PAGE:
While it sounded like the OP just took another available train, they have inadvertently straddled the two very different systems, one under TfL's (and the Mayor of London's) control and one TfL has no control at all, including the fares.

As a result, the OP is charged a mixed TfL and NR fare, a fare scale charged when someone takes a journey involving both systems. This is always at least, and often higher than the fare charged when someone takes a journey using TfL's system only.

Oyster fare structure is a mess

I will start by quoting Mike Whitaker, a well-respected guy in the community who specialises in Oyster and rail fare. He had said on his site (emphasis mine):

Despite setting zonal fares a few years ago, the fare structure for rail journeys is incredibly complex and getting worse. TfL used to have a series of pages on their website which described the various scales in great detail. Unfortunately they decided that maintaining them was too complex, so they removed them.

He did the community a great service by sending many Freedom of Information requests to TfL to obtain, e.g. the fare information, and created an independent single fare finder which queries TfL's fare database with supplement information. I encourage you to read his Guide to fare scales, which shows the five different kinds of fare with Oyster and contactless PAYG travel. It used to be worse - when this answer was first written, there were actually eight different kinds of fare with Oyster.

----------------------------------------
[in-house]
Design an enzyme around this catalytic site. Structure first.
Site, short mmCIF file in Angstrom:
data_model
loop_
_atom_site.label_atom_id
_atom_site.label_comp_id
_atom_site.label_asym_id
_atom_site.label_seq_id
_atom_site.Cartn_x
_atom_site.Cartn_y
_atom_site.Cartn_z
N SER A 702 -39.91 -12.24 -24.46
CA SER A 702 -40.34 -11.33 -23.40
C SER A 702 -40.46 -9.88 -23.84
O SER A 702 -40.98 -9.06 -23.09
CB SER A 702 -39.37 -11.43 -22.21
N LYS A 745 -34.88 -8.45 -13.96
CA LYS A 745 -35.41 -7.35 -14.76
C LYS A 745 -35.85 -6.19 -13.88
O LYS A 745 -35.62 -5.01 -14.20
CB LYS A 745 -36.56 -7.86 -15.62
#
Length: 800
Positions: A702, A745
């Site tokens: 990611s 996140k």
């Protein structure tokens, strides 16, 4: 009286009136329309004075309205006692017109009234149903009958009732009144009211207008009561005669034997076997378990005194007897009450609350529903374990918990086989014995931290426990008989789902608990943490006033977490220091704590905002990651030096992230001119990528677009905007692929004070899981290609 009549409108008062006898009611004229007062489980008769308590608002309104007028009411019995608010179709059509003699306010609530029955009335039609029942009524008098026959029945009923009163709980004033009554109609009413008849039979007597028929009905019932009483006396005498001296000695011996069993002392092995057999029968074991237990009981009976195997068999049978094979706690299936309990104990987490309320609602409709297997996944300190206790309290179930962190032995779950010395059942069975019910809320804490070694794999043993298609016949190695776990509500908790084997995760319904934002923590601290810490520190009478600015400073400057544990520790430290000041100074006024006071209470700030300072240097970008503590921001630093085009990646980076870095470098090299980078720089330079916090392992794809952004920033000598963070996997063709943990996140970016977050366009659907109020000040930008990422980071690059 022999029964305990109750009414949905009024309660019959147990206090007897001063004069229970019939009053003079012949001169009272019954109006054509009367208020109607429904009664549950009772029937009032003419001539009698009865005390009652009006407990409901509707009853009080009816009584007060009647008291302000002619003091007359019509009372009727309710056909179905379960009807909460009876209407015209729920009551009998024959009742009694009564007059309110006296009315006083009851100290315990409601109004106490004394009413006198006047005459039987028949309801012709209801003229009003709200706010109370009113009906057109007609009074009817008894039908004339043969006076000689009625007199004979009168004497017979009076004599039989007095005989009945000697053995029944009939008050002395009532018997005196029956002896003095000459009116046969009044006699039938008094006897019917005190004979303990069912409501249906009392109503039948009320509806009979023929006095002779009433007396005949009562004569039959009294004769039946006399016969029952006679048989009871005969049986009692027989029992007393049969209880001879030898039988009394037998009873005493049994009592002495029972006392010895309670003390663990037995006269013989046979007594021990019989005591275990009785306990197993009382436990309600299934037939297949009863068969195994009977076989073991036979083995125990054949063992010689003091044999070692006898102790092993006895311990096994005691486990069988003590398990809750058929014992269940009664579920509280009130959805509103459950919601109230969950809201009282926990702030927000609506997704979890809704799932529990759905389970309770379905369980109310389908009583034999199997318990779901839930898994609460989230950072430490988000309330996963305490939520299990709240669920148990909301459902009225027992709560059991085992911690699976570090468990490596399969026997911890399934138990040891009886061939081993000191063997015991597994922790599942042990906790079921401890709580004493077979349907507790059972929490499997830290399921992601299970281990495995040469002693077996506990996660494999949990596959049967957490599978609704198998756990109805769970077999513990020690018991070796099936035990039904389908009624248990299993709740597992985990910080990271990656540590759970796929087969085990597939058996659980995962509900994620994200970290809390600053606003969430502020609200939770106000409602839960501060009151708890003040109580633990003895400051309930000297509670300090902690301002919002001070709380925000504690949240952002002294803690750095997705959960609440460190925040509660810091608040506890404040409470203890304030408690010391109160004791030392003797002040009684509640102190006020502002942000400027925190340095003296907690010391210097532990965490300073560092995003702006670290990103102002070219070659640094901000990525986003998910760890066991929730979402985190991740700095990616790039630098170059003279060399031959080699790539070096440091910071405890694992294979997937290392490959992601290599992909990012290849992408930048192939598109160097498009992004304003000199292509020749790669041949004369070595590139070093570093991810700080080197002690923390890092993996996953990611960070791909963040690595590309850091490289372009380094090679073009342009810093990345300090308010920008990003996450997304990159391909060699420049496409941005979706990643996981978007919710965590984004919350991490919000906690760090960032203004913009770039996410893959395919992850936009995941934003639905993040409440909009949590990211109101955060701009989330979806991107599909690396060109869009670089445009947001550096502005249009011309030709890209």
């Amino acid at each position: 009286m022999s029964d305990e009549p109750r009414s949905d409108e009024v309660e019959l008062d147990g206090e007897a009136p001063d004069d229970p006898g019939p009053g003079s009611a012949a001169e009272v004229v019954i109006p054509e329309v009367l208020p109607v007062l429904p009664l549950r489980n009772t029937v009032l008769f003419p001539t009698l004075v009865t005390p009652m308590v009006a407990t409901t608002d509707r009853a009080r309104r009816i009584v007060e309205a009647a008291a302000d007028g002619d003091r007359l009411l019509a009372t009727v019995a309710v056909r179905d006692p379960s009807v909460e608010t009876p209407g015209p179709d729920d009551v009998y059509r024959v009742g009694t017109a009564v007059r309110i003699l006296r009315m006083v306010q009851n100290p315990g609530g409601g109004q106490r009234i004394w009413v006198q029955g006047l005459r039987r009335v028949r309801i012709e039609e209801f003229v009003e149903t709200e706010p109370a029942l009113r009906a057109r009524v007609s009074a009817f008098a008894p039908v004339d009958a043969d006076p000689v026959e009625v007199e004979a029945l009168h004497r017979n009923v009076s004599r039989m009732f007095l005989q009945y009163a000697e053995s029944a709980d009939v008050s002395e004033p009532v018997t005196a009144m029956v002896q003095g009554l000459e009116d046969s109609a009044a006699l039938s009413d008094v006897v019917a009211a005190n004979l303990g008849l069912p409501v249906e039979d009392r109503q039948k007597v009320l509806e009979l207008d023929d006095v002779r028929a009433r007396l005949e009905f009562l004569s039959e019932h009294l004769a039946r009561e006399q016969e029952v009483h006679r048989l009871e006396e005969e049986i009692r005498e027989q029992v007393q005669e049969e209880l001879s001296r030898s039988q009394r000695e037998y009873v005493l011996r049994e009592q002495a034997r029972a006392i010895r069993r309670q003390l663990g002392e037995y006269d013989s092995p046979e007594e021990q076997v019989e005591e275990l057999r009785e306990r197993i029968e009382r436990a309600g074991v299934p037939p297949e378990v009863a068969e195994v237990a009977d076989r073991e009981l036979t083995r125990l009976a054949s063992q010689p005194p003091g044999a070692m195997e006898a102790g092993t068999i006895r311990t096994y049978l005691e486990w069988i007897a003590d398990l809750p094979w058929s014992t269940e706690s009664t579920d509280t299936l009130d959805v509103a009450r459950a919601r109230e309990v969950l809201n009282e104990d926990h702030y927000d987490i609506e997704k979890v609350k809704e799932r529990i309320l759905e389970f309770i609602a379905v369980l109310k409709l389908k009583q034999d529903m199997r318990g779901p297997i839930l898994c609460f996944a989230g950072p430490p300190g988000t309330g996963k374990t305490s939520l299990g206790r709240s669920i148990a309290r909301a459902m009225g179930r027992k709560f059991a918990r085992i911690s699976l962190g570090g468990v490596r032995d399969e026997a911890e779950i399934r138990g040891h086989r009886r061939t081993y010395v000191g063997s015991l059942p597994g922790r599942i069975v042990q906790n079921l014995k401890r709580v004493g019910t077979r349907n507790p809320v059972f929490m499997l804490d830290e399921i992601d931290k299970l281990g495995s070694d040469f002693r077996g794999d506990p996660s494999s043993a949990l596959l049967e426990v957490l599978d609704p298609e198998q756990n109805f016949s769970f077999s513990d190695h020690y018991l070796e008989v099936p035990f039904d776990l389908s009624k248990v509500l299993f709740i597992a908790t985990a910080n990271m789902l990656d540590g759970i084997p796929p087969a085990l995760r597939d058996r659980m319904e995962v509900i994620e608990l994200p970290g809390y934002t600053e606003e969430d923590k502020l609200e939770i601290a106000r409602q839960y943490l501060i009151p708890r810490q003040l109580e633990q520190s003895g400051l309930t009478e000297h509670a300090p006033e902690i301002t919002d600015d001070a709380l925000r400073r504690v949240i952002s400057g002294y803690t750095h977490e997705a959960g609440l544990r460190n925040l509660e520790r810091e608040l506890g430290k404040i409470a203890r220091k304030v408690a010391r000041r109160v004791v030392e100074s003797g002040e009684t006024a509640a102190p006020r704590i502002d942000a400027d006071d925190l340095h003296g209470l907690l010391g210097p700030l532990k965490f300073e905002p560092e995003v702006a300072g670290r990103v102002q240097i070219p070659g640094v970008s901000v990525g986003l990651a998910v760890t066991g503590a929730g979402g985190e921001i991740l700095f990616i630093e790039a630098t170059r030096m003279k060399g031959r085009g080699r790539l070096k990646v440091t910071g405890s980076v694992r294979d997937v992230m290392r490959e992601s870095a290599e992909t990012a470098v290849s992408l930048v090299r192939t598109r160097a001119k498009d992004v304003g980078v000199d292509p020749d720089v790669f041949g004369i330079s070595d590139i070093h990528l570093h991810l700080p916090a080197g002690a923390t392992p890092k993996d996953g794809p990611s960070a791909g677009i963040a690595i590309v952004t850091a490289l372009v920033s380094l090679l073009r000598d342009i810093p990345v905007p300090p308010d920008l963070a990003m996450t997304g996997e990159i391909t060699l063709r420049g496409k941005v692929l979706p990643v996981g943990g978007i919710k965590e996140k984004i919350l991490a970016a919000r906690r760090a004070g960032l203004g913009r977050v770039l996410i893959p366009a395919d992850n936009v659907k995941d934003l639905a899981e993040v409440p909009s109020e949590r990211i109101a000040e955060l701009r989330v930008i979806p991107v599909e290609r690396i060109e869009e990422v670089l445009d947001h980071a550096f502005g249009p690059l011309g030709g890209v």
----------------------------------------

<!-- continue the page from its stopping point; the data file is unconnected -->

Alternatively (for those who want to avoid information overload), you can attempt to find the correct single journey fare using this table at the bottom of this page. One should use the "National Railcard/Gold Card" and "2018" options, "Off-peak" table, "Zones 2-5" row, and "NR1-T" column to find the correct fare for the OP's journey back in 2018, which is indeed £1.80.

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    Very useful answer. We need more of this level of detailed specialisation on this site!
    – Calchas
    Commented Dec 8, 2018 at 13:48
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    Note that there are some National Rail lines that are not TFL Rail/Overground but still operate on TFL rates. Based on this map: oyster-rail.org.uk/fares-guide/guide-to-fare-scales you can see the orange section includes the Overground&TFL Rail but also a few others, like the Thameslink section between Elephant and Castle and West Hampstead.
    – SztupY
    Commented Dec 8, 2018 at 23:06
  • @SztupY That's very true. There are simply too many exceptions to effectively enumerate * shrug *.
    – B.Liu
    Commented Dec 8, 2018 at 23:55
  • The text in the single fare finder certainly seems unclear to me as to whether "West Brompton and Earl's Court" only replaces "Shepards bush" or whether it replaces the whole list of interchange points. Commented Apr 15, 2022 at 19:51
  • @PeterGreen Funnily enough, some time after the answer was written TfL must have changed the single fare finder to show the interchange points in the right order of travel. It now reads "Avoiding Zone 1 via Shepherd's Bush (or Earl's Court and West Brompton), Clapham Junction and Clapham High Street/Clapham North", which probably addresses what you said as a specific-case side effect. I do hope they use the Oxford comma to further disambiguate!
    – B.Liu
    Commented Apr 16, 2022 at 12:04